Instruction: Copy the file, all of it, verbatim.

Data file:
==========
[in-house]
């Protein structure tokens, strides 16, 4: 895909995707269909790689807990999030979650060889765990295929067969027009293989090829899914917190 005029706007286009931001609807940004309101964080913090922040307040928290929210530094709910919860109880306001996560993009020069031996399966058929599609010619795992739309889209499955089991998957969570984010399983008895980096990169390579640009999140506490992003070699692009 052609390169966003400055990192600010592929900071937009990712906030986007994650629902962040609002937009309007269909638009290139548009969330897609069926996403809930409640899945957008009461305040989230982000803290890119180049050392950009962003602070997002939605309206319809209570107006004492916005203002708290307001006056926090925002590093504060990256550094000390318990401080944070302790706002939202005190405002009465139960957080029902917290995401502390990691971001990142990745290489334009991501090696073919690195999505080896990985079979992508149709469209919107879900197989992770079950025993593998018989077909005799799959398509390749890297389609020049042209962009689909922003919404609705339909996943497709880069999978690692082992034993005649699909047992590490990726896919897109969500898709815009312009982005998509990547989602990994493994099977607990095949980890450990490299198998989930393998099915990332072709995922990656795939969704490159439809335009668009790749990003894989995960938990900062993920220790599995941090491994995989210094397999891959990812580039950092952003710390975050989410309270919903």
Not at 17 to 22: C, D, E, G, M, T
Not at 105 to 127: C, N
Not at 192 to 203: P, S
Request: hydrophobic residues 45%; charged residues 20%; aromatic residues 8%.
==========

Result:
[in-house]
């Protein structure tokens, strides 16, 4: 895909995707269909790689807990999030979650060889765990295929067969027009293989090829899914917190 005029706007286009931001609807940004309101964080913090922040307040928290929210530094709910919860109880306001996560993009020069031996399966058929599609010619795992739309889209499955089991998957969570984010399983008895980096990169390579640009999140506490992003070699692009 052609390169966003400055990192600010592929900071937009990712906030986007994650629902962040609002937009309007269909638009290139548009969330897609069926996403809930409640899945957008009461305040989230982000803290890119180049050392950009962003602070997002939605309206319809209570107006004492916005203002708290307001006056926090925002590093504060990256550094000390318990401080944070302790706002939202005190405002009465139960957080029902917290995401502390990691971001990142990745290489334009991501090696073919690195999505080896990985079979992508149709469209919107879900197989992770079950025993593998018989077909005799799959398509390749890297389609020049042209962009689909922003919404609705339909996943497709880069999978690692082992034993005649699909047992590490990726896919897109969500898709815009312009982005998509990547989602990994493994099977607990095949980890450990490299198998989930393998099915990332072709995922990656795939969704490159439809335009668009790749990003894989995960938990900062993920220790599995941090491994995989210094397999891959990812580039950092952003710390975050989410309270919903």
Not at 17 to 22: C, D, E, G, M, T
Not at 105 to 127: C, N
Not at 192 to 203: P, S
Request: hydrophobic residues 45%; charged residues 20%; aromatic residues 8%.